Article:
IT IS MY HABIT, when preparing to go to bed, to read a bit. Nothing weighty, perhaps a periodical, or some fine book that can easily be read in small doses, or a book I’ve read before. I prepare a beverage of some sort, and a small something to nibble on.
Last night, as was my custom, I poured a glass of milk, and joy, there were some chocolates in the fridge. “Just the thing!” I thought. Being modest in my desires, I took two of these dainties, and went to my bed, placing the milk and chocolates on my nightstand. I had, of course, attracted the attention of my chattels, to wit: a 65lb white Shepard mix named Dojo, and a small black cat, Pyewacket. I do not normally share the bedtime snacks, but hope springs eternal in the belly of the cat and dog.
I WAS WALKING INTO THE OFFICE the other day, after a delightful 55 minute commute, when I noticed that there were going to be potential productivity problems. Specifically, my computer was gone. All of the cables, mouse, monitor, and other things were there, but no computer. “That’s remarkable.” I remarked to no one in particular.
My neighbor, being no one in particular, responded. “What is?”
I silently responded with a flourish towards the area where 19 months of gainful employment was formerly housed. My neighbor, hearing no response, looked at my desktop (I do not yet merit an entire desk) and then provided enlightenment, by stating with thinly veiled mirth: “The Computer Guy came and took it after you left last night.”
The Computer Guy! What Horror! The very name of this individual struck fear in all worker’s hearts. My poor PC would be mysteriously ‘worked upon’, my files would be lost, and I would be given a replacement computer long enough to grow dependent on it, whereupon it would be whisked away as well. My mind was reeling, my heart raced, when I realized that, even worse, I would now be forced to try and FIND the Computer Guy.
(This essay is several years old and refers to my very patient and forgiving ex-wife. Enjoy.)
I DRIVE TO WORK. Thirty-five miles is the exact distance from the end of my driveway to the driveway of my workplace. Over a period of two years, this drive took exactly 35 minutes per day, due to the speed limit over the bulk of my sojourn being 70 mph, or so I thought. I recently discovered the reason my journey took so little time. It was because of Driving Physics. I will explain.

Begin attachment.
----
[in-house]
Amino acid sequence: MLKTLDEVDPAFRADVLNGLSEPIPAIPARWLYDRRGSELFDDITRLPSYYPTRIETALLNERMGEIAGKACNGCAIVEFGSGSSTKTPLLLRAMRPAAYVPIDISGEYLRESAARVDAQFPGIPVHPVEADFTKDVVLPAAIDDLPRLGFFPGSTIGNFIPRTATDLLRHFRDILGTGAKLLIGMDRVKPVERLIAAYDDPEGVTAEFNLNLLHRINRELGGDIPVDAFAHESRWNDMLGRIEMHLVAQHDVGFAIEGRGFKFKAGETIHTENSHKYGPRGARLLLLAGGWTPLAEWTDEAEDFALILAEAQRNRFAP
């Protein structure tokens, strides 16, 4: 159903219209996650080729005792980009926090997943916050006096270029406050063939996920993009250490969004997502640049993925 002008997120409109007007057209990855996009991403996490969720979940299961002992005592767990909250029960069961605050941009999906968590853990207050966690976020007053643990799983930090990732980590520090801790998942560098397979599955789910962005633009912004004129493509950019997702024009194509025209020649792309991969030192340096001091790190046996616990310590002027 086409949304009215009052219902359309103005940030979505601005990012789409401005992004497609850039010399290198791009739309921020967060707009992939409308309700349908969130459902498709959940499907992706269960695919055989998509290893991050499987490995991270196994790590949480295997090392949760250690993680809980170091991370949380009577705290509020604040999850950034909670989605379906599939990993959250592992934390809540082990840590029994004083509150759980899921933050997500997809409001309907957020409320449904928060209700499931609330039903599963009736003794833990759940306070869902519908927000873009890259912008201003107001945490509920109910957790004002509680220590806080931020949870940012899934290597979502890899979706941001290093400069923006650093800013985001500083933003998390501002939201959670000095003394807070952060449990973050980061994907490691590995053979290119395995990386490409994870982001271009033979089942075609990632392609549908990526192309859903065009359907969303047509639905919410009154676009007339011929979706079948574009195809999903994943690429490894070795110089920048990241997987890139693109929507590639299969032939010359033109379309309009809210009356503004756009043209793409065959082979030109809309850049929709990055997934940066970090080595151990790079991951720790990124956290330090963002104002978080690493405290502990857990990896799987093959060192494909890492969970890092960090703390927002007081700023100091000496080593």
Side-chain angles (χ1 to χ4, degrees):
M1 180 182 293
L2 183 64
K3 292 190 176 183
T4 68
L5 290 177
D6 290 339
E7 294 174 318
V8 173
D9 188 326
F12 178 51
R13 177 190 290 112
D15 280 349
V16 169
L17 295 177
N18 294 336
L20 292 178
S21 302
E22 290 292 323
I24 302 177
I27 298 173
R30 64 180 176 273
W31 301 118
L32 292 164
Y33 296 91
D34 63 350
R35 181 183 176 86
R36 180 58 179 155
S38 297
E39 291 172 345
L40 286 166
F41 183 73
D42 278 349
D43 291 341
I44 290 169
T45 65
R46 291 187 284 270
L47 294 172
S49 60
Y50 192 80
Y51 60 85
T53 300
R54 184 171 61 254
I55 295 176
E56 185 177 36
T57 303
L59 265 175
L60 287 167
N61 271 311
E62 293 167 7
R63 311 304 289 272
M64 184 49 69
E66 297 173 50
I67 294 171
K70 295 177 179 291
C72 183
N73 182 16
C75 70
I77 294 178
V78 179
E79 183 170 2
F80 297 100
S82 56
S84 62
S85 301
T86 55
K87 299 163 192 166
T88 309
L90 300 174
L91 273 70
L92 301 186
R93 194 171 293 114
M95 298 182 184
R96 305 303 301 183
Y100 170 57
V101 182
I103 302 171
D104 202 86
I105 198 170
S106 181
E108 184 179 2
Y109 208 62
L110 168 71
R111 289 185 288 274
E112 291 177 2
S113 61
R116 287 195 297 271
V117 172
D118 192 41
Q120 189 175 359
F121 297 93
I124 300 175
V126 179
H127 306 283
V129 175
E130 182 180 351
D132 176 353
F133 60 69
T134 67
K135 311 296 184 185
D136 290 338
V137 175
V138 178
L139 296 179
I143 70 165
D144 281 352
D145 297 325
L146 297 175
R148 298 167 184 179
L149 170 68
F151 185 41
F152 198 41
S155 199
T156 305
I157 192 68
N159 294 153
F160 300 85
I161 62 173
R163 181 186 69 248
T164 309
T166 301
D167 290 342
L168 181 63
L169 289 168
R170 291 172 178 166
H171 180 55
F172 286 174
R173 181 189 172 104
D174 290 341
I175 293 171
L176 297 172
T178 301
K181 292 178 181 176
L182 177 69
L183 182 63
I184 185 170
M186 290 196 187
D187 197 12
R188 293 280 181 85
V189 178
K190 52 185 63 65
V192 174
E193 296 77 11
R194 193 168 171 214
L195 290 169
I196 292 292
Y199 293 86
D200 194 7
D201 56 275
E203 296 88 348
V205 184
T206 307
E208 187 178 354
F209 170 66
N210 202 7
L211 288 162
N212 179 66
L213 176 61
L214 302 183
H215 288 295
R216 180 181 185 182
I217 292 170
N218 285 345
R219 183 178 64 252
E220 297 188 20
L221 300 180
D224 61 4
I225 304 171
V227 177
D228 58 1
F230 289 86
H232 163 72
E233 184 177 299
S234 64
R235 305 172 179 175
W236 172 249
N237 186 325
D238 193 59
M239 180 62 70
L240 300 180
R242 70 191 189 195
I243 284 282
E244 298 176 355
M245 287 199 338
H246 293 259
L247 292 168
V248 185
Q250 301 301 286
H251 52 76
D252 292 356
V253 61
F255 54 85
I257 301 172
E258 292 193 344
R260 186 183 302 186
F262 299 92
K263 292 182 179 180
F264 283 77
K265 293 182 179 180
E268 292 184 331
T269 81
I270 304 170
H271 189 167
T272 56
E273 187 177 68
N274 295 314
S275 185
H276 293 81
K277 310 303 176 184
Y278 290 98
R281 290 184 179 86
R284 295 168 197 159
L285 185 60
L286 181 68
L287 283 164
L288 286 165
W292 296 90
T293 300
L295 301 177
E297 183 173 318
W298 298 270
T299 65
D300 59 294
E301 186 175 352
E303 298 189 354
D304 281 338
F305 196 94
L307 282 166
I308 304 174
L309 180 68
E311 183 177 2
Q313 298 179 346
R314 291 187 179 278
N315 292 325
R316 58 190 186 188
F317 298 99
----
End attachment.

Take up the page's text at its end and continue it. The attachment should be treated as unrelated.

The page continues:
Physics is the science of explaining why something beyond understanding happens. It succeeds, because it uses mathematics as it’s language. This leaves most people at a bit of a loss. Attempts to explain physics using a written language almost always fail, and further attempts to show why the math works ends with hurt feelings. Expressing the incomprehensible ideas of physics with math, for most people, is like taking your car to a mechanic. When you’re done, it works, but you have no idea why.
(Author’s Note: This essay is several years old and refers to my very patient and forgiving ex-wife and her relatives. Enjoy.)
THE OCCASION WAS AUSPICIOUS. My wife and I were to sojourn to the Great State of Arkansas, (the Natural State) spend 24 hours with her sister and said sister’s spouse. After that, we would all travel in one vehicle North, until we had reached Missouri (The Show Me State), whereupon we would spend Thanksgiving with my wife’s Father, his wife, and her 2 children. I was making efforts to try to remember the current family tree, while my spouse was determined that I would know the history of the tree as well. In addition, I had been given clear instruction not to mock or ridicule things that seemed peculiar to the region. I planned to ignore this advice, but I did not say so at the time, for I was not in the mood to defend my right to be sarcastic and ignorant as I chose.
HAVING SERVED PROUDLY in the US Army, I find myself often asked about basic training – that initial period of indoctrination into the military. For myself, it was eight weeks at Fort Jackson, SC (The Palmetto State).
Of course, one does not simply go from being a slack-jawed yokel to hard-bitten soldier. There are many steps required to get a person trained. Logistics take up the first week or so. They train about 300 troops per ‘cycle’, so you have to wait until that critical number of people arrive in one place. This ‘Reception Battalion’ is a kind of rest stop for people joining the Army. You fill out paperwork, get your head shaved (mostly), get gear, boots, etc. You are introduced to the military in a very simple, non-threatening manner. Then the buses come.